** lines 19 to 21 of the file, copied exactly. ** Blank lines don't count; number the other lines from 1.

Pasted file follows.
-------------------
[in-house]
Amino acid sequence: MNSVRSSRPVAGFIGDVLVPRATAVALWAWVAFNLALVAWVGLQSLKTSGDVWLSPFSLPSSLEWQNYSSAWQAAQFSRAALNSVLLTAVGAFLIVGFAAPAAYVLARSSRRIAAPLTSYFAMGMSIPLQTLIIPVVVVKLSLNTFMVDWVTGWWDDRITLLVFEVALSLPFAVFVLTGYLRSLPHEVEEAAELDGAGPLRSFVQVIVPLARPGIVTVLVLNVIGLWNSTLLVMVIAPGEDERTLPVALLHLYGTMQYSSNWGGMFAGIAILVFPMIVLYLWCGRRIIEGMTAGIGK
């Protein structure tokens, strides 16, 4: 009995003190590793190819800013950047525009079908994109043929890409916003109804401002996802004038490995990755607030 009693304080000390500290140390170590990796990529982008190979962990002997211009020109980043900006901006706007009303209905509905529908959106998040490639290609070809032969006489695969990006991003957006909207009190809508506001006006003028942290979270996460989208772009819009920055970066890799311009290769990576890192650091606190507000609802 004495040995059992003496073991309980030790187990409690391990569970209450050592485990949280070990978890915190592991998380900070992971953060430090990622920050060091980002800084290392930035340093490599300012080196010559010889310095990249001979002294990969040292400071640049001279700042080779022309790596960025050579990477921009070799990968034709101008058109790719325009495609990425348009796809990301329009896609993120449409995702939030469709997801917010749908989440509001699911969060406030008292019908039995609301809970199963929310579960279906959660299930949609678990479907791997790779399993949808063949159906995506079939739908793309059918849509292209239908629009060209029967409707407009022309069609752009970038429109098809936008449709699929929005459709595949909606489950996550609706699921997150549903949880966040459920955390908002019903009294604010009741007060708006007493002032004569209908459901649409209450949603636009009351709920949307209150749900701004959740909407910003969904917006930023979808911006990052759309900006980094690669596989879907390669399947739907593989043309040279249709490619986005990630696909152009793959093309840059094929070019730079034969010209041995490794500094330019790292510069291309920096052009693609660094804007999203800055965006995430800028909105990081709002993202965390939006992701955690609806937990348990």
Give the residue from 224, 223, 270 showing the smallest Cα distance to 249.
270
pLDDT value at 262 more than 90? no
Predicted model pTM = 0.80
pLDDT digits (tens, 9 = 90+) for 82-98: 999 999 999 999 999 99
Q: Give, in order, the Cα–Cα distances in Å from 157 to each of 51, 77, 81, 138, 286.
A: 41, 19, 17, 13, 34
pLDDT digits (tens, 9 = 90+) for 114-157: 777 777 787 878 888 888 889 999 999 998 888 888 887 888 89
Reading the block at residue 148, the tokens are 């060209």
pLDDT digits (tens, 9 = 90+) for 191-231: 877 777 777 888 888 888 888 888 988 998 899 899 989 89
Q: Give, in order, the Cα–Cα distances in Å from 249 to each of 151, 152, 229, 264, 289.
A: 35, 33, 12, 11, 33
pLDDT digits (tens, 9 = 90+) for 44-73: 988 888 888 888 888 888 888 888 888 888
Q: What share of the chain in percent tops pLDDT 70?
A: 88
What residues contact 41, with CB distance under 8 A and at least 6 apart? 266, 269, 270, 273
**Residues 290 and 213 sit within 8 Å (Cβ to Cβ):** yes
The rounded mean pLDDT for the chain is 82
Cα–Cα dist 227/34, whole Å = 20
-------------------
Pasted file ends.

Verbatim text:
What residues contact 41, with CB distance under 8 A and at least 6 apart? 266, 269, 270, 273
**Residues 290 and 213 sit within 8 Å (Cβ to Cβ):** yes
The rounded mean pLDDT for the chain is 82